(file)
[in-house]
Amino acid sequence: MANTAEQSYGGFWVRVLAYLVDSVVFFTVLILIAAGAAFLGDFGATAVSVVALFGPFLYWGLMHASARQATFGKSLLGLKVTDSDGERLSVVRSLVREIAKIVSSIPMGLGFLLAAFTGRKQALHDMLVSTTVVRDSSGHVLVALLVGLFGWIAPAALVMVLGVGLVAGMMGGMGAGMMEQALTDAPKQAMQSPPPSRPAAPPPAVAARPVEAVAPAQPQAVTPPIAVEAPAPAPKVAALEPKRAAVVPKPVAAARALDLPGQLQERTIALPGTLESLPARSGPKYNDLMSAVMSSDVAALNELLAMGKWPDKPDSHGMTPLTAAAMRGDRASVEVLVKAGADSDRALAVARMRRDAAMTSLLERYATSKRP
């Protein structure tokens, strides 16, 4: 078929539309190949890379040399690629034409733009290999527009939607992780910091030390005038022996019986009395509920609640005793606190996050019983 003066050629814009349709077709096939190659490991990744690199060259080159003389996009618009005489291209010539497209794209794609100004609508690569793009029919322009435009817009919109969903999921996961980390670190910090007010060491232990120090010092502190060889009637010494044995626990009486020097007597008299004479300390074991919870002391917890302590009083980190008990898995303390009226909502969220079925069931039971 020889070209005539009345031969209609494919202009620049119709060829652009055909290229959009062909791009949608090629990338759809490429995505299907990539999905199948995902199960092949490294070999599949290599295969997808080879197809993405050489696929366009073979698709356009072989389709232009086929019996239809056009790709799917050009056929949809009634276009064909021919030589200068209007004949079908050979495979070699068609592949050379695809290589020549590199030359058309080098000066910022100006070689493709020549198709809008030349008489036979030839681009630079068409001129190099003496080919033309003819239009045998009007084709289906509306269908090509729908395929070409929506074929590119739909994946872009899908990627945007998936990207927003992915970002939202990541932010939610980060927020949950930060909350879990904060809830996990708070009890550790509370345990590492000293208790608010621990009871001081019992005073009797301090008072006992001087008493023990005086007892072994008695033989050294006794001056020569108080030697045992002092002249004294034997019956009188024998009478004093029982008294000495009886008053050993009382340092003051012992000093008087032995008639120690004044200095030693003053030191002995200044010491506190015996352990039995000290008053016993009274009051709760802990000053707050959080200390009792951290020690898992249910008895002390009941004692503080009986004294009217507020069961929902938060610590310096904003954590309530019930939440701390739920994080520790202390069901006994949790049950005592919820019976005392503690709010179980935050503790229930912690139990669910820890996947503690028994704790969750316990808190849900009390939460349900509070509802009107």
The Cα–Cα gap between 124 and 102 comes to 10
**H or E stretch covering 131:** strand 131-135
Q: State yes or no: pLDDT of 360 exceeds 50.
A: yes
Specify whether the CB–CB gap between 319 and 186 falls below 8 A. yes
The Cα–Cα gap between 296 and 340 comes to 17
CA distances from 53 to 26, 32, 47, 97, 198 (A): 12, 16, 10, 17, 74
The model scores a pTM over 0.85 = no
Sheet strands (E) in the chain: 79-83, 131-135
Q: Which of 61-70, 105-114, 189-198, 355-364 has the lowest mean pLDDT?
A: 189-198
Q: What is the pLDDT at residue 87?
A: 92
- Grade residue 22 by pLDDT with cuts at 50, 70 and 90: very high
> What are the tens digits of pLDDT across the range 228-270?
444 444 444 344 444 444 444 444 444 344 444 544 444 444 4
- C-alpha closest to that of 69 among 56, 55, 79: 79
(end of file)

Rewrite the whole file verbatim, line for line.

[in-house]
Amino acid sequence: MANTAEQSYGGFWVRVLAYLVDSVVFFTVLILIAAGAAFLGDFGATAVSVVALFGPFLYWGLMHASARQATFGKSLLGLKVTDSDGERLSVVRSLVREIAKIVSSIPMGLGFLLAAFTGRKQALHDMLVSTTVVRDSSGHVLVALLVGLFGWIAPAALVMVLGVGLVAGMMGGMGAGMMEQALTDAPKQAMQSPPPSRPAAPPPAVAARPVEAVAPAQPQAVTPPIAVEAPAPAPKVAALEPKRAAVVPKPVAAARALDLPGQLQERTIALPGTLESLPARSGPKYNDLMSAVMSSDVAALNELLAMGKWPDKPDSHGMTPLTAAAMRGDRASVEVLVKAGADSDRALAVARMRRDAAMTSLLERYATSKRP
């Protein structure tokens, strides 16, 4: 078929539309190949890379040399690629034409733009290999527009939607992780910091030390005038022996019986009395509920609640005793606190996050019983 003066050629814009349709077709096939190659490991990744690199060259080159003389996009618009005489291209010539497209794209794609100004609508690569793009029919322009435009817009919109969903999921996961980390670190910090007010060491232990120090010092502190060889009637010494044995626990009486020097007597008299004479300390074991919870002391917890302590009083980190008990898995303390009226909502969220079925069931039971 020889070209005539009345031969209609494919202009620049119709060829652009055909290229959009062909791009949608090629990338759809490429995505299907990539999905199948995902199960092949490294070999599949290599295969997808080879197809993405050489696929366009073979698709356009072989389709232009086929019996239809056009790709799917050009056929949809009634276009064909021919030589200068209007004949079908050979495979070699068609592949050379695809290589020549590199030359058309080098000066910022100006070689493709020549198709809008030349008489036979030839681009630079068409001129190099003496080919033309003819239009045998009007084709289906509306269908090509729908395929070409929506074929590119739909994946872009899908990627945007998936990207927003992915970002939202990541932010939610980060927020949950930060909350879990904060809830996990708070009890550790509370345990590492000293208790608010621990009871001081019992005073009797301090008072006992001087008493023990005086007892072994008695033989050294006794001056020569108080030697045992002092002249004294034997019956009188024998009478004093029982008294000495009886008053050993009382340092003051012992000093008087032995008639120690004044200095030693003053030191002995200044010491506190015996352990039995000290008053016993009274009051709760802990000053707050959080200390009792951290020690898992249910008895002390009941004692503080009986004294009217507020069961929902938060610590310096904003954590309530019930939440701390739920994080520790202390069901006994949790049950005592919820019976005392503690709010179980935050503790229930912690139990669910820890996947503690028994704790969750316990808190849900009390939460349900509070509802009107």
The Cα–Cα gap between 124 and 102 comes to 10
**H or E stretch covering 131:** strand 131-135
Q: State yes or no: pLDDT of 360 exceeds 50.
A: yes
Specify whether the CB–CB gap between 319 and 186 falls below 8 A. yes
The Cα–Cα gap between 296 and 340 comes to 17
CA distances from 53 to 26, 32, 47, 97, 198 (A): 12, 16, 10, 17, 74
The model scores a pTM over 0.85 = no
Sheet strands (E) in the chain: 79-83, 131-135
Q: Which of 61-70, 105-114, 189-198, 355-364 has the lowest mean pLDDT?
A: 189-198
Q: What is the pLDDT at residue 87?
A: 92
- Grade residue 22 by pLDDT with cuts at 50, 70 and 90: very high
> What are the tens digits of pLDDT across the range 228-270?
444 444 444 344 444 444 444 444 444 344 444 544 444 444 4
- C-alpha closest to that of 69 among 56, 55, 79: 79